RBI monetary policy more dovish than expected, comes as no surprise
If the Omicron variant turns out to be benign, the reverse repo rate may be hiked in February.
December 08, 2021 / 04:48 PM IST
The RBI kept its inflation forecast unchanged at 5.3 percent for FY22.
The Reserve Bank of India's latest monetary policy turned out to be more dovish than expected and came with no surprises. The central bank kept its stance, policy rate and corridor unchanged and did little to provide any forward guidance on the path of future policy rate increases. This is in contrast to other global central banks that are turning towards tightening monetary policy.
The committee's focus is clearly on supporting growth through sufficient liquidity and low interest rates despite street fears over inflation flare-up, global changes in interest rate policy and high commodity prices. The RBI of course can fine-tune the surplus liquidity to manage rates depending on the evolving situation.
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Although improving, in absolute terms, the size of the economy is yet to surpass pre-pandemic levels in a meaningful way. However, since the last monetary policy there has been significant recovery visible from the high-frequency indicators and the vaccination rate has improved further. While keeping the faith in the growth momentum, the RBI also has retained the GDP projections at 9.5 percent for FY22.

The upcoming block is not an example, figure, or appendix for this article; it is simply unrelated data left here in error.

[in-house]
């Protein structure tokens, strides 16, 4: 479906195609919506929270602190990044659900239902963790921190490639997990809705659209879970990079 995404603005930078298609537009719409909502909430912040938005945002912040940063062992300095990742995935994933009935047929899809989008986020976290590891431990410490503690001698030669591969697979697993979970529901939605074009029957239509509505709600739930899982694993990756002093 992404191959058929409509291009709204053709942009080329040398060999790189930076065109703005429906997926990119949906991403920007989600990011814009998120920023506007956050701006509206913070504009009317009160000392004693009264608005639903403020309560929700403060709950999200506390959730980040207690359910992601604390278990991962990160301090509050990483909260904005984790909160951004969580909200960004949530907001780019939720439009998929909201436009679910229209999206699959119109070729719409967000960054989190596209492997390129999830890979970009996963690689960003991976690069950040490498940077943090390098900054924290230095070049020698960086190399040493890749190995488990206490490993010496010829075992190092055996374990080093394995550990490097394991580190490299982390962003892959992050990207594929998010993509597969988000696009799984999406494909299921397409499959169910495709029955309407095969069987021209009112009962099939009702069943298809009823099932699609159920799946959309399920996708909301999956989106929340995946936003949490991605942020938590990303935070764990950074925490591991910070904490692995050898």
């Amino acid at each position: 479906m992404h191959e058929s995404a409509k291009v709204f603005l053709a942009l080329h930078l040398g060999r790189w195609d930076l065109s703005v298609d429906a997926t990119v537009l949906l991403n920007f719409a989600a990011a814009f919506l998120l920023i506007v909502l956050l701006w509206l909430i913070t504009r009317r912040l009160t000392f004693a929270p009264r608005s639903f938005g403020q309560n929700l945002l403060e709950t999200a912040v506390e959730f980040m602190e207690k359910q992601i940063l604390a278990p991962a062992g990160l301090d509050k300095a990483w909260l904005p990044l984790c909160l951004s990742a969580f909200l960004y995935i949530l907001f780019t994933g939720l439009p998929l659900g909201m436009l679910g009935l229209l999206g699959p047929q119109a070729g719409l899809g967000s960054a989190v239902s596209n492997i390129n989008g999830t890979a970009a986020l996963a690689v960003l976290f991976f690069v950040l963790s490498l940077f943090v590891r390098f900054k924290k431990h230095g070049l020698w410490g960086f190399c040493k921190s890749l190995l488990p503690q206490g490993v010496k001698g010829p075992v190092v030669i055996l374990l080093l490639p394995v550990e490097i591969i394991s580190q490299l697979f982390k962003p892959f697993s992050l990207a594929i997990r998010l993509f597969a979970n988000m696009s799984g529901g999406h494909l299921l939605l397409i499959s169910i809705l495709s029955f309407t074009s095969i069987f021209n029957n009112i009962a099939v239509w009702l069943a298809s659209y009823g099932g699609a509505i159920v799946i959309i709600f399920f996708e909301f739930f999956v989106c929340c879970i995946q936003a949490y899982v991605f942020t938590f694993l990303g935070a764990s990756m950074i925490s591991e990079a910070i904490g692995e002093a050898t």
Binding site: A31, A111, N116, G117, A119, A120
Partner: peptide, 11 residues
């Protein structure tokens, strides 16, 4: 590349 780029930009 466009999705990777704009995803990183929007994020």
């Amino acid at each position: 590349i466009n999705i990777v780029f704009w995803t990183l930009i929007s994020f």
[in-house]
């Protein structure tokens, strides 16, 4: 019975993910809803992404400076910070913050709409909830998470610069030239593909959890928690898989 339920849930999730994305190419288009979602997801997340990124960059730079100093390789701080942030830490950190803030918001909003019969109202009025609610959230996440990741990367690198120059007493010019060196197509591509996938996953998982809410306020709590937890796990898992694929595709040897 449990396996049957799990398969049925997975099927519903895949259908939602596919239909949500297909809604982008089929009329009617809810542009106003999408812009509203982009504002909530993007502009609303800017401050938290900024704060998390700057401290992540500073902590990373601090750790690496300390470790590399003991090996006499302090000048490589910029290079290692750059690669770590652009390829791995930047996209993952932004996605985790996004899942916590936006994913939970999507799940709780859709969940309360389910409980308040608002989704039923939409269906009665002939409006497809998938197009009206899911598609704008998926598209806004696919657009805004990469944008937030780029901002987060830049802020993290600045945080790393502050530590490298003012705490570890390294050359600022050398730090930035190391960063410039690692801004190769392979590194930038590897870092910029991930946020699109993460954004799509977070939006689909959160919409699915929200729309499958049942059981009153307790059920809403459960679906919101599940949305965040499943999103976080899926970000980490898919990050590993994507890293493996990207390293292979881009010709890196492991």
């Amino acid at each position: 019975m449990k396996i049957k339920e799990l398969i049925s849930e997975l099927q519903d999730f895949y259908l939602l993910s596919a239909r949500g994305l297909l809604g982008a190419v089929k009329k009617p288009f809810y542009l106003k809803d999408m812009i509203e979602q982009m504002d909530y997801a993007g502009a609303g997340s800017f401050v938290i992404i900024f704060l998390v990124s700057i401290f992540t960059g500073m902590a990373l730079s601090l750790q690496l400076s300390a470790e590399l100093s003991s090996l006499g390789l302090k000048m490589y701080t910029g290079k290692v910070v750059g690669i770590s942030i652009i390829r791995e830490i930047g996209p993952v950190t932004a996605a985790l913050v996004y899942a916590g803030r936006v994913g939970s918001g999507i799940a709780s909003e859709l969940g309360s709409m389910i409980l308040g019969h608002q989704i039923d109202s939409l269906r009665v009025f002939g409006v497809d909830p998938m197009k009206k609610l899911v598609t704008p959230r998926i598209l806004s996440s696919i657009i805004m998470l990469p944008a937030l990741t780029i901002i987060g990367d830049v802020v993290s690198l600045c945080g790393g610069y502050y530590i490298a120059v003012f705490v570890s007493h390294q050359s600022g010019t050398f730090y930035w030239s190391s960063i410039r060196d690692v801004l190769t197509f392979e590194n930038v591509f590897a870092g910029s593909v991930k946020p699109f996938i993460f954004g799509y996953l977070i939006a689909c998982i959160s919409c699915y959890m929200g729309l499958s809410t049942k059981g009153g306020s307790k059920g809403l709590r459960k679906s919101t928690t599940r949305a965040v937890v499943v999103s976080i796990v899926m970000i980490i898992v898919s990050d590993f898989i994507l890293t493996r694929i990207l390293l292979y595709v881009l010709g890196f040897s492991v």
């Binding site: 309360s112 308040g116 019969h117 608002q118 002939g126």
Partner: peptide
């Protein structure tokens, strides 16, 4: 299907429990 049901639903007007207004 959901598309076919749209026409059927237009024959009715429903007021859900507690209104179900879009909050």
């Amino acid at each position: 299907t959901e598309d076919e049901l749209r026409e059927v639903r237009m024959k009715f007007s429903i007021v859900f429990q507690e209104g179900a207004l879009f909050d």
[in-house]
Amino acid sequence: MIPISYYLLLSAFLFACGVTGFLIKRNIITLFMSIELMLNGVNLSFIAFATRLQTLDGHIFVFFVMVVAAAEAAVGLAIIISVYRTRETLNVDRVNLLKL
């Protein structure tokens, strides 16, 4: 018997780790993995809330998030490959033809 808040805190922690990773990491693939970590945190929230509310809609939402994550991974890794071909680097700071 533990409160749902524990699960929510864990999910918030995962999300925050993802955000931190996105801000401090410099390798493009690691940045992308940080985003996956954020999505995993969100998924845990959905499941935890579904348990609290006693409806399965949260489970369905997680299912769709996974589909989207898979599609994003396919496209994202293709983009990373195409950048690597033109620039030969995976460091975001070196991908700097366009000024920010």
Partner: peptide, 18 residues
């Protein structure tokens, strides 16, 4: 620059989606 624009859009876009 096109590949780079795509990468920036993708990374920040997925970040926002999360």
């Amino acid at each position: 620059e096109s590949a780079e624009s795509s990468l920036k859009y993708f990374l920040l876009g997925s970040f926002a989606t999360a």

The RBI noted that core inflation is an area of concern in view of input cost pressure that could rapidly be transmitted to retail inflation as demand strengthens. However, the reduction of excise duty and VAT on petrol and diesel could aid reduction in inflation by way of direct effects as well as indirect effects.
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The RBI kept its inflation forecast unchanged at 5.3 percent for FY22, signalling that it believes inflation to be more transient than permanent in nature. It expects CPI inflation to peak in Q4 FY22 and moderate thereafter. We think inflation prints could surprise on the upside and average at 5.5-5.6 percent for FY22, driven by elevated input and fuel costs and as the base effect wanes off. This could make prolonged elevated core inflation feed into household expectations impacting consumption.
Yields have moderated slightly post the RBI's policy announcement. The central bank said that from January 2022 onwards liquidity absorption will be undertaken mainly through the auction route. We expect this to put further upward pressure on the short end of the curve.
If the Omicron variant turns out to be benign, the reverse repo rate may be hiked in February. One only hopes that the RBI is not falling behind the curve this time around.
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